Based on the foregoing, we conclude that, as a matter of administrative law, the superior court erred in reversing the DPS’s decision and holding that merely because Carr was found not guilty of the criminal offense of failure to stop at a red light, there could be no reasonable possibility that a civil judgment could be rendered against her.”
A recent case we worked on involved a lady who had a judgment against her issued 14 years ago. In Georgia, judgments must be renewed every 7 years or they go dormant. The suspended license should be open to attack in that case because the judgment is invalid. Here is the controlling statute
(a) A judgment shall become dormant and shall not be enforced:
(1) When seven years shall elapse after the rendition of the judgment before execution is issued thereon and is entered on the general execution docket of the county in which the judgment was rendered;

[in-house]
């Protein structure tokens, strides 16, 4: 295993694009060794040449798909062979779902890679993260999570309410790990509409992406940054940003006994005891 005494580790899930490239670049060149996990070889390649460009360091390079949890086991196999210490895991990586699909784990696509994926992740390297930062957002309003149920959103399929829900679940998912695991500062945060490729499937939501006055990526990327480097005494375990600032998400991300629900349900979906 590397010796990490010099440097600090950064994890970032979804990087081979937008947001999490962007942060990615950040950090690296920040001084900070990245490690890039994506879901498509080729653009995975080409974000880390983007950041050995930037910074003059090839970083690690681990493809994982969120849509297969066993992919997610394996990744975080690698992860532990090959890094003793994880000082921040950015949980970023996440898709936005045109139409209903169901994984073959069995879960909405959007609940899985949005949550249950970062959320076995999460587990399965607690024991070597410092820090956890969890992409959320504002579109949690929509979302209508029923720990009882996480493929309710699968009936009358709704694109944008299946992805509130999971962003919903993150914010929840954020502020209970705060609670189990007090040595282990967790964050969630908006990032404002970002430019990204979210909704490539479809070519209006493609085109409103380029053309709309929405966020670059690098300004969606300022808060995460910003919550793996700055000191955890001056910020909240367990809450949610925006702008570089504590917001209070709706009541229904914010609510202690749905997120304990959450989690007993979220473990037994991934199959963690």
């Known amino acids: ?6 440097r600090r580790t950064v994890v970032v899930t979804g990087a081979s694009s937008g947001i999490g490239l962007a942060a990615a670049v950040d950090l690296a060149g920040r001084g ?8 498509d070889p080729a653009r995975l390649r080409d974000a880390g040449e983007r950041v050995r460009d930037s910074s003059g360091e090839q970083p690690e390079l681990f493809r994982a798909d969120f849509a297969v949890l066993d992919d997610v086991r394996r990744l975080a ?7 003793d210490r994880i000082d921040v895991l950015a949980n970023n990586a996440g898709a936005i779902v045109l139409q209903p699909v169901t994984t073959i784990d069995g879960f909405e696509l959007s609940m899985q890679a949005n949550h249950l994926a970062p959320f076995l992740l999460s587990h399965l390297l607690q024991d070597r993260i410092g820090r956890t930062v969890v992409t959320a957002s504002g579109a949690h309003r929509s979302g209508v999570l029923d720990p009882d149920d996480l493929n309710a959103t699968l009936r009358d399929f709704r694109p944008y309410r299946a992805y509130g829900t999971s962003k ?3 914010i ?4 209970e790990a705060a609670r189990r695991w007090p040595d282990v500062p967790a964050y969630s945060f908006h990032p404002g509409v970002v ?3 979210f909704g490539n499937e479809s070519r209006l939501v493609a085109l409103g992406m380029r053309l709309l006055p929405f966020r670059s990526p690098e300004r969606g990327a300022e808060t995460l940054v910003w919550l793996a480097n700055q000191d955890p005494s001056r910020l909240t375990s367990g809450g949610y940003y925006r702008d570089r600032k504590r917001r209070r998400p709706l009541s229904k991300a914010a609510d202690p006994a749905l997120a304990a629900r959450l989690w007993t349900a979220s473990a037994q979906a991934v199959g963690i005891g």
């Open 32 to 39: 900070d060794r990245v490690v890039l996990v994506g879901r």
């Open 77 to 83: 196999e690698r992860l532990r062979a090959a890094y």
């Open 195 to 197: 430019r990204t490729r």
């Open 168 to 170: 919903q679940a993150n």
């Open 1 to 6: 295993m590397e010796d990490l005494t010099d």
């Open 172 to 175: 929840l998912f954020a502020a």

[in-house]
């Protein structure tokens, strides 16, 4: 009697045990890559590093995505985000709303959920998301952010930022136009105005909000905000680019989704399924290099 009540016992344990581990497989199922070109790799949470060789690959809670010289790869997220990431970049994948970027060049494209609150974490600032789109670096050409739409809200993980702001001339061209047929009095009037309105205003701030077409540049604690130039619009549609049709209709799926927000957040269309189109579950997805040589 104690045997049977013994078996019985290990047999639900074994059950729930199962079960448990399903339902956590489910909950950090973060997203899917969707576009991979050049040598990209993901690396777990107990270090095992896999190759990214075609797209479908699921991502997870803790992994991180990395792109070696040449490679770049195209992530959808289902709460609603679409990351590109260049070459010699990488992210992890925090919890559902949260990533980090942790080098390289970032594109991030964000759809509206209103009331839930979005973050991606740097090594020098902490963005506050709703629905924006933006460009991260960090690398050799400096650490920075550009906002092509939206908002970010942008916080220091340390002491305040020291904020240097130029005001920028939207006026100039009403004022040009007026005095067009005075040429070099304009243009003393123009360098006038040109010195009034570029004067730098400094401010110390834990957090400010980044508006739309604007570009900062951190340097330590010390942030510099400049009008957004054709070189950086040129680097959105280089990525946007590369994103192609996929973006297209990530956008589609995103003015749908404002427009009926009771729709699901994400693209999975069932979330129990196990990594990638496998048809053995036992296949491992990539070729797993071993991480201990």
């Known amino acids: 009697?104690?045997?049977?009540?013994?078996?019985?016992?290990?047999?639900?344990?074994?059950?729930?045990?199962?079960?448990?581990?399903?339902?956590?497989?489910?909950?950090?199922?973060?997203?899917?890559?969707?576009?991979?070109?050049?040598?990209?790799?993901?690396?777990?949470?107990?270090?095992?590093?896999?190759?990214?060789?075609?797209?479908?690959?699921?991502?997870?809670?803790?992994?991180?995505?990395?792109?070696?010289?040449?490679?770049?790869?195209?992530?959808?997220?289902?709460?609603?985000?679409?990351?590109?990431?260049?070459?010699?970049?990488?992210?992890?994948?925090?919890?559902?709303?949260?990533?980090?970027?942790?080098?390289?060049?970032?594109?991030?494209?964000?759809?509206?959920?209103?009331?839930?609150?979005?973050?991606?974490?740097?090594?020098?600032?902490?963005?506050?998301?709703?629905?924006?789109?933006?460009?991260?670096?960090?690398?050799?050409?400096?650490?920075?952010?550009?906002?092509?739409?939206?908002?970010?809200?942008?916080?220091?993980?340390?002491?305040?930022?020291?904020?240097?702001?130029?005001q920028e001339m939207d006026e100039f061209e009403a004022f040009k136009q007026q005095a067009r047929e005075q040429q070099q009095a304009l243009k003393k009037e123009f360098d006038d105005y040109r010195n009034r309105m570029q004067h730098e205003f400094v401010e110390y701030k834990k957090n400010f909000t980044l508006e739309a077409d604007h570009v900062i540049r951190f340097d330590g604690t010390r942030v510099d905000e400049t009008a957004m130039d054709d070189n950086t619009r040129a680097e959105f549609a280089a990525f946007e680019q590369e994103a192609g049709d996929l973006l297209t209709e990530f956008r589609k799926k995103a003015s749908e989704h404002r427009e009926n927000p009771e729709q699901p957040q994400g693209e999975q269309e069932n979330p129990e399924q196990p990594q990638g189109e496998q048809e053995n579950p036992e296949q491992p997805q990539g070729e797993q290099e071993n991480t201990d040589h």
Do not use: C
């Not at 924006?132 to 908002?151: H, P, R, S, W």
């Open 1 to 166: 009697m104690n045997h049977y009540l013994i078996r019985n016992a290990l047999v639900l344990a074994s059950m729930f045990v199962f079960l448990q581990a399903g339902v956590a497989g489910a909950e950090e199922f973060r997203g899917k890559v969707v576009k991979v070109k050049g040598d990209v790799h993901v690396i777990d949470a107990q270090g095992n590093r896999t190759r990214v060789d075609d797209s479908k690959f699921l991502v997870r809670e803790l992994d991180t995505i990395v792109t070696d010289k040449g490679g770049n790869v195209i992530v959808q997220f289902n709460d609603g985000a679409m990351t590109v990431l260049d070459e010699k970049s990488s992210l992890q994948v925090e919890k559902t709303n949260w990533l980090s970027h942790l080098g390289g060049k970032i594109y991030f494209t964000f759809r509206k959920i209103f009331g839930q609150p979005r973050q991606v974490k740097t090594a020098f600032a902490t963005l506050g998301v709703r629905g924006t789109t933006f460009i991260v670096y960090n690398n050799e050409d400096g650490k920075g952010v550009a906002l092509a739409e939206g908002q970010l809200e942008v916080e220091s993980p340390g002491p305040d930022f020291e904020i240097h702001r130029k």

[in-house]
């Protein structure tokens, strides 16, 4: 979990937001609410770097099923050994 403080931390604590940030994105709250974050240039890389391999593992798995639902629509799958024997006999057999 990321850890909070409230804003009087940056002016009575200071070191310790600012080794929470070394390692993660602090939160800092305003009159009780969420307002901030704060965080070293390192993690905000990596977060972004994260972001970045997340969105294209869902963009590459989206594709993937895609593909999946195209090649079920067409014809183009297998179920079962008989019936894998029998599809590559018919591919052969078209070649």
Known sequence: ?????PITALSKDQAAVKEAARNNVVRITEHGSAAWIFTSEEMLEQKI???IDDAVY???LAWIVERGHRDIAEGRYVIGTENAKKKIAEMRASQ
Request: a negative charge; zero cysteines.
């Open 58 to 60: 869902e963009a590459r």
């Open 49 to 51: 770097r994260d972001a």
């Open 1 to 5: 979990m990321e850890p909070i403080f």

§ 9-12-61. Dormant judgments renewed by action or scire facias; time of renewal
When any judgment obtained in any court becomes dormant, the same may be renewed or revived by an action or by scire facias, at the option of the holder of the judgment, within three years from the time it becomes dormant.”